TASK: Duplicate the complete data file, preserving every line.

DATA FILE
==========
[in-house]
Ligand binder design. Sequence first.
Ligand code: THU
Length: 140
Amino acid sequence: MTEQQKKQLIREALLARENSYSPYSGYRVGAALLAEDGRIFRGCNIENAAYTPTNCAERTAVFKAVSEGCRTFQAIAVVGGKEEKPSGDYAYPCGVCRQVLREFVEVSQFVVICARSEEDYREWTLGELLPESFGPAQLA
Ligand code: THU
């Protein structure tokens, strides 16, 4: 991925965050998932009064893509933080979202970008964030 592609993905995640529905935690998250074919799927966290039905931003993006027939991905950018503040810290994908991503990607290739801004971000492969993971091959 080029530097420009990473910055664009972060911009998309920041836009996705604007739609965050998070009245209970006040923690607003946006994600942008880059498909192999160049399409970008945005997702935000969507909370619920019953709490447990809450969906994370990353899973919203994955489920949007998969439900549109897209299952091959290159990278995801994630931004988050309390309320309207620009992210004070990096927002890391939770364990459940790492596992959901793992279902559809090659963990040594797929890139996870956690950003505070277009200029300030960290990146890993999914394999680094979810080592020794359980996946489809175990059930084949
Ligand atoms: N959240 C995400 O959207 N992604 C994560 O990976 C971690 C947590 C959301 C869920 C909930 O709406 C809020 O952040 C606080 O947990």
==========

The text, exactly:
[in-house]
Ligand binder design. Sequence first.
Ligand code: THU
Length: 140
Amino acid sequence: MTEQQKKQLIREALLARENSYSPYSGYRVGAALLAEDGRIFRGCNIENAAYTPTNCAERTAVFKAVSEGCRTFQAIAVVGGKEEKPSGDYAYPCGVCRQVLREFVEVSQFVVICARSEEDYREWTLGELLPESFGPAQLA
Ligand code: THU
């Protein structure tokens, strides 16, 4: 991925965050998932009064893509933080979202970008964030 592609993905995640529905935690998250074919799927966290039905931003993006027939991905950018503040810290994908991503990607290739801004971000492969993971091959 080029530097420009990473910055664009972060911009998309920041836009996705604007739609965050998070009245209970006040923690607003946006994600942008880059498909192999160049399409970008945005997702935000969507909370619920019953709490447990809450969906994370990353899973919203994955489920949007998969439900549109897209299952091959290159990278995801994630931004988050309390309320309207620009992210004070990096927002890391939770364990459940790492596992959901793992279902559809090659963990040594797929890139996870956690950003505070277009200029300030960290990146890993999914394999680094979810080592020794359980996946489809175990059930084949
Ligand atoms: N959240 C995400 O959207 N992604 C994560 O990976 C971690 C947590 C959301 C869920 C909930 O709406 C809020 O952040 C606080 O947990």